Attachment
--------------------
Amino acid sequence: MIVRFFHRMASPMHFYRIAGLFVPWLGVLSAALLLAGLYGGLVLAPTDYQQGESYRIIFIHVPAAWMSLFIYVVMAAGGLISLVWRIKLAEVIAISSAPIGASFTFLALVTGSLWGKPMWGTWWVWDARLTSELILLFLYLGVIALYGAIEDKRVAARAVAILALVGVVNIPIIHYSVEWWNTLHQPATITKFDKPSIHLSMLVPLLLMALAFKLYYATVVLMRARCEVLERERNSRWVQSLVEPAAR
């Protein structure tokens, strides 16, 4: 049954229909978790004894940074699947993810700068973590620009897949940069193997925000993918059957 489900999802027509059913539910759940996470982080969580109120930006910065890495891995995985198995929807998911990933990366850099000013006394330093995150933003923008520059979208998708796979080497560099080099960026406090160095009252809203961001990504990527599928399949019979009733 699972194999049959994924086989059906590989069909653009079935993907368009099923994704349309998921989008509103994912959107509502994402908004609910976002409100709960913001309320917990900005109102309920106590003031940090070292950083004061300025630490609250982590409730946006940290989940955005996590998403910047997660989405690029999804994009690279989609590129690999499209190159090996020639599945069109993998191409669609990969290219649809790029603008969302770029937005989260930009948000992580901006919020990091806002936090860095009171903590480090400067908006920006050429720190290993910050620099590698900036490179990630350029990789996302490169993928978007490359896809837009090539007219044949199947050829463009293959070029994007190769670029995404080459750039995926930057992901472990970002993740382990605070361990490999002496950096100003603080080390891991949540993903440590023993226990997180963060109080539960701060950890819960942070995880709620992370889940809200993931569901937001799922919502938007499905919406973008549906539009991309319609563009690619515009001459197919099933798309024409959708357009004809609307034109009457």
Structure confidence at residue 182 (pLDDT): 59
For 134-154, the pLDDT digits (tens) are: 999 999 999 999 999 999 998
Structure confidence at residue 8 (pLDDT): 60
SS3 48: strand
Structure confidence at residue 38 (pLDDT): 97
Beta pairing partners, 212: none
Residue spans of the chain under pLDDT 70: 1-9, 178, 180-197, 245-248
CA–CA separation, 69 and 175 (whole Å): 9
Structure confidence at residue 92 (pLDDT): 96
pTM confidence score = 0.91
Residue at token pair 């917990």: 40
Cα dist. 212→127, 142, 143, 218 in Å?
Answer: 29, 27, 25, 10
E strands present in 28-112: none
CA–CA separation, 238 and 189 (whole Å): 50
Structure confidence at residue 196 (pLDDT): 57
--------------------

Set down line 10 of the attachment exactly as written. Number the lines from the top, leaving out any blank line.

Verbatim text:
CA–CA separation, 69 and 175 (whole Å): 9